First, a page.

New Normal for the Pantry Shelf

Since 1993, the Pantry Shelf has been attempting to alleviate hunger in Holliston.  With the community now in COVID 19 mode, and some residents experiencing the strains of limited resources, loss of employment, and increased health issues, the Pantry Shelf is experiencing unprecedented requests for assistance.  

On March 16, Holliston’s Pantry Shelf received a call that changed the way they operated.  Without losing a beat, the Shelf adjusted “business as usual” and went into a crisis mode of delivery. 

Now in the 8th week of this operational change, volunteers at the Pantry seem to have perfected internal and external systems to make everything work—to continue to alleviate hunger in Holliston and maintain the integrity of all privacy issues. 

Just who are these miracle workers, and how do they do it?

Holliston Pantry Shelf President Keeley Krantz with Sylvia Stickney, one of the founders at this year’s SOUPer Bowl.

Keely Krantz, President of the Board of Directors of the Pantry Shelf, explained what happened.  “We went from a choose-your-own-groceries model that gives patrons dignity and reduces waste to a pre-filled bag model.”

Bob Nemet, a Pantry Shelf Board member, prepares food for delivery.

Whereas patrons used to “shop” in the Pantry, selecting their needed items from shelves set up much like grocery stores, the March 16th call meant that volunteers and patrons could no longer maintain social distancing recommendations.  The old system ran efficiently with the help of some 130 volunteers.  That number would have to be reduced substantially. 

“With wonderful attitudes and understanding, the 130 volunteers were trimmed to a core of 9,” said Krantz.  “This was an intense shift for us and for our shoppers.”

Prior to the Coronavirus outbreak, the Pantry Shelf served approximately 80 families on a weekly basis.  As of Monday, May 4, 150 families receive groceries delivered to their homes.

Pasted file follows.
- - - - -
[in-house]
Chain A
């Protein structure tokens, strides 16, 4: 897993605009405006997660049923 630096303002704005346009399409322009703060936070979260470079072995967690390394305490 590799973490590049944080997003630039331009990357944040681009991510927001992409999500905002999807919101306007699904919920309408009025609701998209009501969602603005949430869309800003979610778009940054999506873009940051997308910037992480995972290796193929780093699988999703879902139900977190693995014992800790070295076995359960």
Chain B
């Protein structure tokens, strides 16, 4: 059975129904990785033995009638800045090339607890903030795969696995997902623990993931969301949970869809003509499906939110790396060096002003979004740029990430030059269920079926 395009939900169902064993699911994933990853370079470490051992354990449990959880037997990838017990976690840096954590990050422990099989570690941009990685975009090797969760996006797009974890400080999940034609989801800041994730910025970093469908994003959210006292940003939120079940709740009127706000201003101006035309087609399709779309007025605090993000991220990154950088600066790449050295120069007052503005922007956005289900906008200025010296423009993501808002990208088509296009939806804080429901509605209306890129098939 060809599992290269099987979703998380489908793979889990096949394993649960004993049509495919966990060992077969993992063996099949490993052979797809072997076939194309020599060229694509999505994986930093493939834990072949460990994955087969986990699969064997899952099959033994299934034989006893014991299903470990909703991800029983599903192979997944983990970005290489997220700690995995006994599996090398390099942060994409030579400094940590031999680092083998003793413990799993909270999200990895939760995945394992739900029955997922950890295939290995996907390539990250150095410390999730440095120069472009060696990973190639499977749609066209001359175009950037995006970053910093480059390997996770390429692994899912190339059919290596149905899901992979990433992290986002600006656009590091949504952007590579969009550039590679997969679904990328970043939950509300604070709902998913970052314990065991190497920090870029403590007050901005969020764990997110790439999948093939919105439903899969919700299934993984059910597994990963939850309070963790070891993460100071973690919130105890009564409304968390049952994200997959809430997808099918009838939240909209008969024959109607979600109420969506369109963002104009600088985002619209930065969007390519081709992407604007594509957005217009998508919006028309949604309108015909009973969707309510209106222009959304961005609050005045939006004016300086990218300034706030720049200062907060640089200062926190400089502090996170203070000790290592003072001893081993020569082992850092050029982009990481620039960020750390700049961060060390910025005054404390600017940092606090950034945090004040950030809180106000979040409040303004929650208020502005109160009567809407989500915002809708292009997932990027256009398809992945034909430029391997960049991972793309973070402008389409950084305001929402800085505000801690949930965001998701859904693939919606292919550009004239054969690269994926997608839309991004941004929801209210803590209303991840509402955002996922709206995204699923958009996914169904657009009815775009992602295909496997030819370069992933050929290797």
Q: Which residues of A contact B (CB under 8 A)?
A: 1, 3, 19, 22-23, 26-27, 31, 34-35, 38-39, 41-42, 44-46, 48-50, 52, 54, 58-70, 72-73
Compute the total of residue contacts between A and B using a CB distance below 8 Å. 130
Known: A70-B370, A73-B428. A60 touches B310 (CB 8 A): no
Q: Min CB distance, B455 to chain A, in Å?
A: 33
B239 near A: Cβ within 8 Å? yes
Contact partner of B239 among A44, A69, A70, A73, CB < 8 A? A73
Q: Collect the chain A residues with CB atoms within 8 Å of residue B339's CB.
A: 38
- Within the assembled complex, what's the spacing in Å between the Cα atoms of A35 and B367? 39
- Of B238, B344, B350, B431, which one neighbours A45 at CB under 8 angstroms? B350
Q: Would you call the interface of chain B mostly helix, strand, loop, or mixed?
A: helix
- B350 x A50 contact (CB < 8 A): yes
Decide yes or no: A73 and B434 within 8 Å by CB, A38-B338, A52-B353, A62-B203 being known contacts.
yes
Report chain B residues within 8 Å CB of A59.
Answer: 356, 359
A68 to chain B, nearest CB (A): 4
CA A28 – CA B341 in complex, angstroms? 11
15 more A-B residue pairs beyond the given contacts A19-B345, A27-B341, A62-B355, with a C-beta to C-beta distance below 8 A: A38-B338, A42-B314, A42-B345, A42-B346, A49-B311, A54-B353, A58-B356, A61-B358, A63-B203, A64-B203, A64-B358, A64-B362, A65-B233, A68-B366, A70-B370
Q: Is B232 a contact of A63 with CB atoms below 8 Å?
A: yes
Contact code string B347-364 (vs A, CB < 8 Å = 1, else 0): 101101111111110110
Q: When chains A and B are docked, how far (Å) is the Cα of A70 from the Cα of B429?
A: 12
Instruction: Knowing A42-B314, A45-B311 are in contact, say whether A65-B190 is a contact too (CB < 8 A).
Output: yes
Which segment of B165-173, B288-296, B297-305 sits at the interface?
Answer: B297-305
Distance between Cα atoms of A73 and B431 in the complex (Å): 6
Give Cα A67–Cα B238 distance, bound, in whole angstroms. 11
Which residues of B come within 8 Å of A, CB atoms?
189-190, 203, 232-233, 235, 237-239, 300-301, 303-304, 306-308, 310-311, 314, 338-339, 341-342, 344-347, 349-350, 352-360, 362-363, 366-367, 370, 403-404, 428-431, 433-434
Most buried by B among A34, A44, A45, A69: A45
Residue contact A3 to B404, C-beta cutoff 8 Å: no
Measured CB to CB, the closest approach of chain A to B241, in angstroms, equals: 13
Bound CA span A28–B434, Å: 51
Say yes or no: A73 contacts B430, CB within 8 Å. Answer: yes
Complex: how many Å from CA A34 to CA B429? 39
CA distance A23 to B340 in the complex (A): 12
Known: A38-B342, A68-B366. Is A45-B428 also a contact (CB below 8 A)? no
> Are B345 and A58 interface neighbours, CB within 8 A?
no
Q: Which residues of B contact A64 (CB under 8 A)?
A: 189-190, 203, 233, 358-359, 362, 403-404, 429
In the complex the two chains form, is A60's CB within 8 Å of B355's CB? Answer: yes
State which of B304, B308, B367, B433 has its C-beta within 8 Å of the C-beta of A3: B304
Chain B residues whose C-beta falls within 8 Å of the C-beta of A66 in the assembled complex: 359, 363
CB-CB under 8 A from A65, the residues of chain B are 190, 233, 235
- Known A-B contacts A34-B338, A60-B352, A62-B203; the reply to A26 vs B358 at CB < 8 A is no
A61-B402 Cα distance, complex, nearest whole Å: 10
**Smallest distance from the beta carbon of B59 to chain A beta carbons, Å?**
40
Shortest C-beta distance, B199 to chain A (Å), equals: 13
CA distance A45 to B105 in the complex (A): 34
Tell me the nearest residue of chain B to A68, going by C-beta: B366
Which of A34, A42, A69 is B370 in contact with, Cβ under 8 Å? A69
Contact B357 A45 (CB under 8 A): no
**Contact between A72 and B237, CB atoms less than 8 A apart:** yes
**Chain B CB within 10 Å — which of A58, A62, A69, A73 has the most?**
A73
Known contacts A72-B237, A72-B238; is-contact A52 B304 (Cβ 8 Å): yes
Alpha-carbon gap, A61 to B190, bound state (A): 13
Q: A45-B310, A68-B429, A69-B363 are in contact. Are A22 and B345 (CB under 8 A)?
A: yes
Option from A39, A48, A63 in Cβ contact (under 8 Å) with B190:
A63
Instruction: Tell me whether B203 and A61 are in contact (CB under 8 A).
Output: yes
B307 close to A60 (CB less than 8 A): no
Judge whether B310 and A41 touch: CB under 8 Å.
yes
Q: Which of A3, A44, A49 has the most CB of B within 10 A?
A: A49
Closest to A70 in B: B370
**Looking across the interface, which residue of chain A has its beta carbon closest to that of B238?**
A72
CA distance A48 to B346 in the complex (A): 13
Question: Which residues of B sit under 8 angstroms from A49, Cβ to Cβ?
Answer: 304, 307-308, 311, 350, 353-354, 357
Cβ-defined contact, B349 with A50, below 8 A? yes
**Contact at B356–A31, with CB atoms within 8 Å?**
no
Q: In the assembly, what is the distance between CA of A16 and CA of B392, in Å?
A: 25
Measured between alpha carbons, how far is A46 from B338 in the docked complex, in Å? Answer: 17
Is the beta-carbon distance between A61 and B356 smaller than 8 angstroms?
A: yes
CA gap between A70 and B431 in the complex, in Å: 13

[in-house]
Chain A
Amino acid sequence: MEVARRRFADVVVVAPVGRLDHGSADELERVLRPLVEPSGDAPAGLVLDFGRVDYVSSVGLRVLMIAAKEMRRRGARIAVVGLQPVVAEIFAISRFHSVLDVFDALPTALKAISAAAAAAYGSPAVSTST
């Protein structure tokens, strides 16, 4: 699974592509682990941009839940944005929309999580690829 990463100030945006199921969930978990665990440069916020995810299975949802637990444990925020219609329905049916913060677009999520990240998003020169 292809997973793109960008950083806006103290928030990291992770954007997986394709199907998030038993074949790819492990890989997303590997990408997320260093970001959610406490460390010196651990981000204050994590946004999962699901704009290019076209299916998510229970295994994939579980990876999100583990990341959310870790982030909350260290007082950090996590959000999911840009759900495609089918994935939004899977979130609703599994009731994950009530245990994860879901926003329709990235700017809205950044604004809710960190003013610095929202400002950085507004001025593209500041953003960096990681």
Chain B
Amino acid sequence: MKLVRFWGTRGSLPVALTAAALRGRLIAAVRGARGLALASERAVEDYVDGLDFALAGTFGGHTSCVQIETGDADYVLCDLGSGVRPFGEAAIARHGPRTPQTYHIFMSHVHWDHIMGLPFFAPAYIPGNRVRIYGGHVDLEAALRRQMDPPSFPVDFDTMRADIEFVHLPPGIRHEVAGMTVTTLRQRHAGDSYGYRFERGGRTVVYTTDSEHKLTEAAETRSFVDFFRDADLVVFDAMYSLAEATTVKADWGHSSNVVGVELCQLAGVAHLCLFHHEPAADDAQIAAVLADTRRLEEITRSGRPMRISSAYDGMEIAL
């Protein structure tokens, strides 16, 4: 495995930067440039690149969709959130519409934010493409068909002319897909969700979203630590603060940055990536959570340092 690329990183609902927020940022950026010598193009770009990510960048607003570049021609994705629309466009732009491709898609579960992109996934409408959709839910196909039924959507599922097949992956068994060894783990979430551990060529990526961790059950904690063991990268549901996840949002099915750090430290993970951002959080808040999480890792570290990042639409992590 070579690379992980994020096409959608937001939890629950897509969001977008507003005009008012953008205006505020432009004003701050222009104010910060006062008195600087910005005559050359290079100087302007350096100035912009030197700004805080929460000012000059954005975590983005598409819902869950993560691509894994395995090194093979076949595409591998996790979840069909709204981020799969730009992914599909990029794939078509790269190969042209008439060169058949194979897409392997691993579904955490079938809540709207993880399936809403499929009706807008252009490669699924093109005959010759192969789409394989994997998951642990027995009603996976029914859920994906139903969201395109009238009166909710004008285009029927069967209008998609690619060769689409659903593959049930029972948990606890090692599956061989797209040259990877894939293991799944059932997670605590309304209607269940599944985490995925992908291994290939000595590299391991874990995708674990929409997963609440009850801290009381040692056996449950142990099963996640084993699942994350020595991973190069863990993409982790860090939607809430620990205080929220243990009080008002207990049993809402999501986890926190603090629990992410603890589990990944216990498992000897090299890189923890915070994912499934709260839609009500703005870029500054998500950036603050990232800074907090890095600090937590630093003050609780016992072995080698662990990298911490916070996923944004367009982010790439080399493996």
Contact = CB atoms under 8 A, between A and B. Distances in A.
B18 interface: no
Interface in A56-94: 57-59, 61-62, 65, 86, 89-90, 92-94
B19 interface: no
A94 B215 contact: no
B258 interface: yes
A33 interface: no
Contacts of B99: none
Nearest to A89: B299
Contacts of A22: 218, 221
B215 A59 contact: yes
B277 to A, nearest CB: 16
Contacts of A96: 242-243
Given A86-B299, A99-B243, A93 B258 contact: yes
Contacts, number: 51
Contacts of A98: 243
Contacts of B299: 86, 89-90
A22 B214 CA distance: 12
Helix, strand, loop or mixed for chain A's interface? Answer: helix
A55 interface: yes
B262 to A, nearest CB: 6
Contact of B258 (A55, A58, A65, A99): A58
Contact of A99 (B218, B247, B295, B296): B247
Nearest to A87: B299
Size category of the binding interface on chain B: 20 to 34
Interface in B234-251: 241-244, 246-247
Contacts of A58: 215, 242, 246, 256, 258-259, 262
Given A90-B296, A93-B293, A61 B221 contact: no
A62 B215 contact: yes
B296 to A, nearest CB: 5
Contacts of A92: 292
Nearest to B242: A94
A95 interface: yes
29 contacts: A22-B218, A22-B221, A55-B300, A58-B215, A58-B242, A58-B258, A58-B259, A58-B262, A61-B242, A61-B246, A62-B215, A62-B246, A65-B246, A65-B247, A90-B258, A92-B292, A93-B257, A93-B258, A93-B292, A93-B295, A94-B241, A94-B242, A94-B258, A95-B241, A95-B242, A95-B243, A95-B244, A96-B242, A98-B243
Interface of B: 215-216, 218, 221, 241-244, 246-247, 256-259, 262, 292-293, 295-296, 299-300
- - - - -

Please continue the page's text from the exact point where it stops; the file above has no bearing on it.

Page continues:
Steve Bradford, formerly the President but still a Board member, became the “inventory manager” of the internal team.  With support from Bob Nemet, a Board member as well, these two analyze needs for the Pantry, putting in hours of effort to make the new system successful. 

Karen Jewett, as well as Krantz lead the external team, managing new shoppers, tracking products received by patrons, and coordinating each and every week’s supplies.  “If, for example, hot dogs are one of the items this week, we make sure hot dog buns and beans go with the order,” Krantz explained. 

Gena Rider is a support to the external team, and she and Krantz have diverted calls from the Pantry Shelf to their homes during Governor Baker’s stay at home order.  They are in contact with both donors and those in need.  “Gena has a wonderful way of talking to people,” says Krantz. 

Dave O’Neil, Treasurer of the Board of Directors, manages the driving fleet, completing the external team.  There are 25 delivery drivers who cover 5 routes.  Now that’s a lot of organization!

Christine and Alberto Costa support the external team with bag fulfillment, ably packing all for weekly deliveries.  Aimee McDevitt and Jane Gilfoy round out the internal team, packing produce, eggs, milk, and other proteins for families. 

Where does all that food come from?  Thanks to the generosity of the community, the Pantry is, thus far, well supplied. Every few days, Krantz updates the Pantry Shelf website, adjusting needed food items.  A large bin in front of the Charles Street location continues to be used for collection. 

The Greater Boston Food Bank delivers much of the contents of a family’s bags at little to no cost to the Pantry.  Krantz estimates that 65% of the foodstuffs, including fresh produce, comes from the GBFB.  The remainder is purchased at Market Basket grocery store.  Financial donations have also increased in the past two months.  Krantz said, “We have the means to feed whoever needs help.”

If you’re wondering how you can help, check out the Pantry Shelf website here for an updated list of needed items.  If you’d like to donate financial support, that can be done on the website as well.  At this time, and because of the small facility, there is no need for volunteers.  It is possible that more drivers will be needed at a future time.

The Pantry Shelf protects each patron’s privacy.   The policy for requesting assistance has changed:  presently any Holliston resident in need who does not have a Pantry ID card or has not been registered with the Pantry can simply email or call 508.429.5392.  A delivery will be scheduled to your door.  You provide only your name, address, and phone number to verify Holliston residency.  Every call is kept confidential, and no personal information is elicited.

A recent HCAT video (with thanks to Bruce Gilfoy) provides a wonderful update of the Pantry’s adjusted processes due to the stay at home advisory.  See the video here ->

“Neighbors Helping Neighbors,” the slogan of the Pantry Shelf, has never been more accurate. 

Yvette Cain

1 Comment

  1. Jackie Dellicker on May 7, 2020 at 7:50 am

    Nice job everyone! Holliston surly is an outstanding, caring community. Hope it never changes.

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